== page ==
Two businesses owned by UT students were recently awarded a total of $25,000 in the fall 2017 Boyd Venture Challenge. The Anderson Center for Entrepreneurship and Innovation in UT’s Haslam College of Business hosted the seed fund grant competition.
EasyWhip, a surgical tool, and Campus Car, a ridesharing company, were selected from a group of eight finalists. A panel of four judges determined the funding awards.
“The judges saw an impressive group of finalists this semester and provided insightful feedback,” said Tom Graves, operations director of the Anderson Center. “We’re pleased to offer this opportunity to help our student entrepreneurs move their businesses forward.”
EasyWhip, founded by Lia Winter, was awarded $12,500. Winter created the surgical tool to decrease the time and costs associated with certain orthopedic reconstruction procedures. With the funds received, she will seek a full patent for EasyWhip and optimize the tool’s design.
“The Boyd Venture Challenge was an amazing and exciting experience. I was able to apply the concepts that I’m learning in my business classes to my innovative biomedical engineering idea to develop a comprehensive and feasible business plan,” said Winter. “I also made connections with mentors in the Anderson Center who encouraged me and helped me achieve my goals. I think the Anderson Center is an invaluable resource that students should take advantage of during their time here at UT.”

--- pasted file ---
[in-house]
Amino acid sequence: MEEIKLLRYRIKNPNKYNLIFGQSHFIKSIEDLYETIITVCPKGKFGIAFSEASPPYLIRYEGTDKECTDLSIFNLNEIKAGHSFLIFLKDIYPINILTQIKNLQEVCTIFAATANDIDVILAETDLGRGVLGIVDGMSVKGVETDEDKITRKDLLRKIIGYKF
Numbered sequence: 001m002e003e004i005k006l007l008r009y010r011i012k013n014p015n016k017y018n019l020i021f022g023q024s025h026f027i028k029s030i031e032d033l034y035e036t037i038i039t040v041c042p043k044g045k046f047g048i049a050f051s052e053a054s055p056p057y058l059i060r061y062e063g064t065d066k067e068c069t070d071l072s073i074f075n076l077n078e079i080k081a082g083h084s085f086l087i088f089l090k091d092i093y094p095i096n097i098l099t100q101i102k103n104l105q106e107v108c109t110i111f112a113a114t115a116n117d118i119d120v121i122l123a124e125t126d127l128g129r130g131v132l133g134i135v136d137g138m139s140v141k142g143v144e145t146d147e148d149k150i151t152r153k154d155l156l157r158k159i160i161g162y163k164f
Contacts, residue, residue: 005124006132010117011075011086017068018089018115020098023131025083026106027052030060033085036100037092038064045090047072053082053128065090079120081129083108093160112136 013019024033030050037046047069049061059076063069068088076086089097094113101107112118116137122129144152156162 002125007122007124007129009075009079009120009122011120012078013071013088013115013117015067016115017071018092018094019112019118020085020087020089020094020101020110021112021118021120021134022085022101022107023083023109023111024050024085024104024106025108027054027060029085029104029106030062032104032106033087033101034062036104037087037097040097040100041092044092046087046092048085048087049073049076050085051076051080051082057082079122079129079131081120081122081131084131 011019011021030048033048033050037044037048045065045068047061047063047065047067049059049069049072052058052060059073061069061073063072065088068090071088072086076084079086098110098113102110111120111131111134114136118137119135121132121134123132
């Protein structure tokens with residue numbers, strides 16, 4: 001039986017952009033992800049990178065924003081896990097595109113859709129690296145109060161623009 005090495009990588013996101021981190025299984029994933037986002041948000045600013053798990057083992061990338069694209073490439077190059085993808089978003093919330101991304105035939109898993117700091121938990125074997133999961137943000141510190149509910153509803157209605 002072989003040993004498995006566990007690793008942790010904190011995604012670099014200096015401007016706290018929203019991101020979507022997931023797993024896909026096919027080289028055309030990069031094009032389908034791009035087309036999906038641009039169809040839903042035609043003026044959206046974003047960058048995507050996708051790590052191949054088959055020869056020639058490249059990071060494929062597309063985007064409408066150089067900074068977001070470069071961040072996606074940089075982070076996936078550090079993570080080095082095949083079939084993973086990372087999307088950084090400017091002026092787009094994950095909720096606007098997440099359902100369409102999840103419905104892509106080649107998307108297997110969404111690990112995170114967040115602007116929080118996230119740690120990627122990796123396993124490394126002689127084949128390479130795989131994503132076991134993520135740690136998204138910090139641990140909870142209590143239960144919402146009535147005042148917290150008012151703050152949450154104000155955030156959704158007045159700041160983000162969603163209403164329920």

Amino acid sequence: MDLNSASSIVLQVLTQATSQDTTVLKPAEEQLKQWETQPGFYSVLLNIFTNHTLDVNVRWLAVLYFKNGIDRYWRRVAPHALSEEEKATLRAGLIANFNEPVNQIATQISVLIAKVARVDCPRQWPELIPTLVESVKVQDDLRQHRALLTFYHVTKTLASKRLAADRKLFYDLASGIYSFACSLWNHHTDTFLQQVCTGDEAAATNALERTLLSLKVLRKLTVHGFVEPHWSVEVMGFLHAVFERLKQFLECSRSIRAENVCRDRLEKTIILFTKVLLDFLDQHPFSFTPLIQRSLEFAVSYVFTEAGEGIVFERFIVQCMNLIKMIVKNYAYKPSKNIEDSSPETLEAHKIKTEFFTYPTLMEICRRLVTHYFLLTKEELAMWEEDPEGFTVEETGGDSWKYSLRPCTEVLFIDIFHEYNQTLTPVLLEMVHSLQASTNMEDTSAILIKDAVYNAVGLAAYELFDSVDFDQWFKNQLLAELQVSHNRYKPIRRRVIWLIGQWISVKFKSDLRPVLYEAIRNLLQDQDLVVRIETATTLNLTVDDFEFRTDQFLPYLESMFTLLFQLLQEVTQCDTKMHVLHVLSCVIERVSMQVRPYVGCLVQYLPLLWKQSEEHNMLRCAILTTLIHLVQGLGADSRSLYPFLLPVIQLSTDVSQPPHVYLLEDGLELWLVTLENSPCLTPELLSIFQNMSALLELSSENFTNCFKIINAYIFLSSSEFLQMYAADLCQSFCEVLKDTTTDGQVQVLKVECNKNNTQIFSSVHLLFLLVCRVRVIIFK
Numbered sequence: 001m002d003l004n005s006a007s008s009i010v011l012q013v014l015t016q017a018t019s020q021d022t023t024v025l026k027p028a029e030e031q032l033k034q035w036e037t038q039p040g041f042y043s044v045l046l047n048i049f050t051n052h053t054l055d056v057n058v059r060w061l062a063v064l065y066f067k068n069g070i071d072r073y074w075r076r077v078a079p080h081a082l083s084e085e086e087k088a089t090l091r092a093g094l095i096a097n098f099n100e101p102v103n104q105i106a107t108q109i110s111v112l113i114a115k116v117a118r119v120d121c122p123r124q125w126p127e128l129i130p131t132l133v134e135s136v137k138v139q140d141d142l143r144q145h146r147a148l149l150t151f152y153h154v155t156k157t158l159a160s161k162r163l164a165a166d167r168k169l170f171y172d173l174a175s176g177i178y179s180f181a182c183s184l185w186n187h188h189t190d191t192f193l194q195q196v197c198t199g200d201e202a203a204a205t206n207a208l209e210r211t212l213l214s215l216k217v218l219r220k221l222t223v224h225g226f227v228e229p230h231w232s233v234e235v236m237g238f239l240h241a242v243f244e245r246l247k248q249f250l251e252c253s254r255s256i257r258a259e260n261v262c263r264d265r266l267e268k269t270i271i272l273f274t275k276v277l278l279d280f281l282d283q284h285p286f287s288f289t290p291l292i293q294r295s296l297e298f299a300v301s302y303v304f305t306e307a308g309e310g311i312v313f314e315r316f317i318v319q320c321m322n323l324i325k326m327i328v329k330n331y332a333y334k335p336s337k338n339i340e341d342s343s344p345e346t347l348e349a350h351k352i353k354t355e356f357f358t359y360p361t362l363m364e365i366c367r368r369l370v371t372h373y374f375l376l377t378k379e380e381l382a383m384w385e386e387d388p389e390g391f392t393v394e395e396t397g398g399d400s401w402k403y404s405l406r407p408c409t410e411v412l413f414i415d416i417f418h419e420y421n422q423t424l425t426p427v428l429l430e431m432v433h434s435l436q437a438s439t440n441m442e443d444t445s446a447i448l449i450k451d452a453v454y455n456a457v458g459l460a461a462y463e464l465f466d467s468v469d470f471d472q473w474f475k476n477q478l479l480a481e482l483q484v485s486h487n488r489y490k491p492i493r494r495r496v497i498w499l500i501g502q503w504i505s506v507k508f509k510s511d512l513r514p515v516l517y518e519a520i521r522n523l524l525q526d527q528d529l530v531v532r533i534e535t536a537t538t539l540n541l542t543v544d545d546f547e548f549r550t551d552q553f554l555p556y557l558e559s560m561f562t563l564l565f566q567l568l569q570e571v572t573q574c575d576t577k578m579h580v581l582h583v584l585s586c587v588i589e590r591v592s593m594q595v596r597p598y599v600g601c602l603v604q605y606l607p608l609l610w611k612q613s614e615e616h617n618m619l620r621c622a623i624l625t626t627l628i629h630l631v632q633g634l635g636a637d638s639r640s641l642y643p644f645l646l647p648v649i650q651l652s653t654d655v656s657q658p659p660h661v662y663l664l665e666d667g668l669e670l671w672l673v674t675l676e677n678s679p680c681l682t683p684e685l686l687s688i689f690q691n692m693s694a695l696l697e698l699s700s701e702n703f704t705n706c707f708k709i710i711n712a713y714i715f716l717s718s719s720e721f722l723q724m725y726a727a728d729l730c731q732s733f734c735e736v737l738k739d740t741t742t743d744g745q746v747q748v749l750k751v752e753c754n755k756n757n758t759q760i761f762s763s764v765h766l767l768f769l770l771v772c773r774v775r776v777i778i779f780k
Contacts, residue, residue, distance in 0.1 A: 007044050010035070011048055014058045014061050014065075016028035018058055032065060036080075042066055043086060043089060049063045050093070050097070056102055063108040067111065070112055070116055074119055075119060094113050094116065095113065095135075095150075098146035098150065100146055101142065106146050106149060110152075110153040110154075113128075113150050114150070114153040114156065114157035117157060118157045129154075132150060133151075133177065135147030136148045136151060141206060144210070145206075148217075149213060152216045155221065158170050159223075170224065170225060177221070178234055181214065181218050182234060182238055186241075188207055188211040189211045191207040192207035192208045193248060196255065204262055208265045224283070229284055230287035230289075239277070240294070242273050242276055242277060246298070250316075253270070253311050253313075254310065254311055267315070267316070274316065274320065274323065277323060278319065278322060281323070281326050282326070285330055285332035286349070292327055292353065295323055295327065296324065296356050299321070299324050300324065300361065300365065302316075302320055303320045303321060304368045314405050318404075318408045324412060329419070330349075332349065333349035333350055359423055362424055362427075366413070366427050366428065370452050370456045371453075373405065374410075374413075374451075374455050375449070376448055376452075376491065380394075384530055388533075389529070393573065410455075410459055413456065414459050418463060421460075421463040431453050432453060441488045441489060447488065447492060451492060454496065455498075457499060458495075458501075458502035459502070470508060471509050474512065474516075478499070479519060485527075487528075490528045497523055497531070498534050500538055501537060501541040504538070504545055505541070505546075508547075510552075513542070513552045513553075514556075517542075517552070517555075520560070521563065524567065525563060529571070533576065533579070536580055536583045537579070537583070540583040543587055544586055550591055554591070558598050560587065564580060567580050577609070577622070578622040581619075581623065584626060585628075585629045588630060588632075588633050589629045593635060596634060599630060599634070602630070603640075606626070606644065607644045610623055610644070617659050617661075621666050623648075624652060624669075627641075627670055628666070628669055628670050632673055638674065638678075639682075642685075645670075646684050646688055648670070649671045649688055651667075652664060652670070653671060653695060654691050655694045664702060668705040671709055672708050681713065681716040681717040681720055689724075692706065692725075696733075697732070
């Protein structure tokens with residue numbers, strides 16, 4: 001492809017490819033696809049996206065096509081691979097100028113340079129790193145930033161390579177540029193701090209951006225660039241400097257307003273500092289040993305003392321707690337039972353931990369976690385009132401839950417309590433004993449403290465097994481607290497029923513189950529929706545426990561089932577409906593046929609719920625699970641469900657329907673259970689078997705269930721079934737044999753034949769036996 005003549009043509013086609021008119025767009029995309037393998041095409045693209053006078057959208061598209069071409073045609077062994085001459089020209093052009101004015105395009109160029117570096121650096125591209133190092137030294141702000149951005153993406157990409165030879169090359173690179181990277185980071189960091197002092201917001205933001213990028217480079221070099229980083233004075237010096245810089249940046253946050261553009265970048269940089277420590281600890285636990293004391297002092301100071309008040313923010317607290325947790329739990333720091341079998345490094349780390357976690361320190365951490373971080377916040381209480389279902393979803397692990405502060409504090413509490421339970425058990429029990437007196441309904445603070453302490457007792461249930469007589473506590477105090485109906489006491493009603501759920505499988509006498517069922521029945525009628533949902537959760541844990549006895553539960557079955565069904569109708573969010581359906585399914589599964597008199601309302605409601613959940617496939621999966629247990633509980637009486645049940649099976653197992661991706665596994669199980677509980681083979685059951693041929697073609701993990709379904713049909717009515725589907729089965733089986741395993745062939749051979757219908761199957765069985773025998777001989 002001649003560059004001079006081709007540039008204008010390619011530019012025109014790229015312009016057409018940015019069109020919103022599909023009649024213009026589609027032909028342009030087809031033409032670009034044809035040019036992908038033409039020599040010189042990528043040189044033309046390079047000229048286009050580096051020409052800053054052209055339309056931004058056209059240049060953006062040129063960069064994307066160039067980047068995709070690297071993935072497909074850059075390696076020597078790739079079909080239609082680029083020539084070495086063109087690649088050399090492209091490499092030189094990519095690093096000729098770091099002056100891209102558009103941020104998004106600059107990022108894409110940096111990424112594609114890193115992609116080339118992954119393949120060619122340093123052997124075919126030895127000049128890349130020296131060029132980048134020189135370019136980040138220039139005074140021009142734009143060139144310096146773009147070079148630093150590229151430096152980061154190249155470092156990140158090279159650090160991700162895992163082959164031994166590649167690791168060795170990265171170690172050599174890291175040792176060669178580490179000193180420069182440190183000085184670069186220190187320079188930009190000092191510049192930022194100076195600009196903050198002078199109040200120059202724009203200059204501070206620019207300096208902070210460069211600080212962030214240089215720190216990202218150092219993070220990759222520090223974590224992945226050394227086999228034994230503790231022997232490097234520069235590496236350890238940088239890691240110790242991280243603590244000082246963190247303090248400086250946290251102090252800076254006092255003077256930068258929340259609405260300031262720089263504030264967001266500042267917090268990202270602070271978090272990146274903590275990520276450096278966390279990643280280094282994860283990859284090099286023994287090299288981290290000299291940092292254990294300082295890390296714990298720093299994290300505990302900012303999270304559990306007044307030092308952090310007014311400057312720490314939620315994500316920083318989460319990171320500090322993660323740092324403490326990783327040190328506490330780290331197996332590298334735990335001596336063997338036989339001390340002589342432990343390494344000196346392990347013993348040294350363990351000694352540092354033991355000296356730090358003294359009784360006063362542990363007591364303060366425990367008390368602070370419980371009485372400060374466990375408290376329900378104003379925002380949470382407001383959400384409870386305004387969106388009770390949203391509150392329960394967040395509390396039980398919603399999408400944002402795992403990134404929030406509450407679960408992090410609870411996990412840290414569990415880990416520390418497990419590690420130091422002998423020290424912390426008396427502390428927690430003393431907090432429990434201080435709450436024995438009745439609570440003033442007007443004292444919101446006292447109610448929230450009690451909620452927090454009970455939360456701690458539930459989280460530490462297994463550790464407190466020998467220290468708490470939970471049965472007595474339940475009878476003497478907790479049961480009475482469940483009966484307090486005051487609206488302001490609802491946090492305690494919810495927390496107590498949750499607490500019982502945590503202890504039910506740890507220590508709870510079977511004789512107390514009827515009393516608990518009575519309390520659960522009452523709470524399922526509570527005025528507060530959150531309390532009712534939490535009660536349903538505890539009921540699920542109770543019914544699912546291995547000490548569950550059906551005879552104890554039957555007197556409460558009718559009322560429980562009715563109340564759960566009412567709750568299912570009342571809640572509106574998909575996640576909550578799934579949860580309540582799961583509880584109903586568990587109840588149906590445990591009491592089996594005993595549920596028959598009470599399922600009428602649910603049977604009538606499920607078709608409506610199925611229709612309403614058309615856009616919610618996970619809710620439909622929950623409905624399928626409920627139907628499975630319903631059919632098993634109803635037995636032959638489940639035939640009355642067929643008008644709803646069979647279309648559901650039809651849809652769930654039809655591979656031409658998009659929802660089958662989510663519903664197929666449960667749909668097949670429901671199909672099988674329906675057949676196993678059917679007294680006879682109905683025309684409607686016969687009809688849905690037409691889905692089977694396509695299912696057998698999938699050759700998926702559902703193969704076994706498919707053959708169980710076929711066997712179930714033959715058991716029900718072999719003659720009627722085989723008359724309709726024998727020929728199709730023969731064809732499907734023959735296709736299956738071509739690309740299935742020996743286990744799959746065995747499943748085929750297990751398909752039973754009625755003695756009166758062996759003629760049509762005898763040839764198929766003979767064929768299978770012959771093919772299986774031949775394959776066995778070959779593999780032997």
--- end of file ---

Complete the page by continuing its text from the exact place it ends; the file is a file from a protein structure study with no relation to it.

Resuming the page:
Winter, from Pittsburgh, is in the biomedical engineering program in the Department of Mechanical, Aerospace, and Biomedical Engineering and is an MBA candidate in the Haslam College of Business.
Campus Car, a campus-based ridesharing company, was awarded $12,500. Ryan Cunningham of Collierville, Tennessee, a junior supply chain management major and entrepreneurship minor, founded the company.
Cunningham launched the flat-rate ride-sharing company in October after using funds from a previous Boyd Venture Challenge to build the Campus Car cell phone application. The company hires UT-affiliated individuals as independent contractors to provide low-cost transportation to and from campus in downtown Knoxville, Fort Sanders, and the campus area.
“The funds received this semester will allow me to expand the Campus Car service area and continue to serve UT and the Knoxville community,” said Cunningham. “I am very thankful for the opportunities provided by the Boyd Venture Challenge.”
The Boyd Venture Challenge is made possible by the generosity of Randy Boyd, founder and executive chairman of Radio Systems Corporation, makers of PetSafe, Invisible Fence, and SportDog brands.
The Boyd Venture Challenge is administered each fall and spring semester. It is open to UT undergraduate and graduate students from any field of study. An outside panel of judges from the business community decides the funding awards. Since the fund’s inception in 2011, 39 student-owned companies have been awarded a total of $337,000 in seed capital to advance their businesses.
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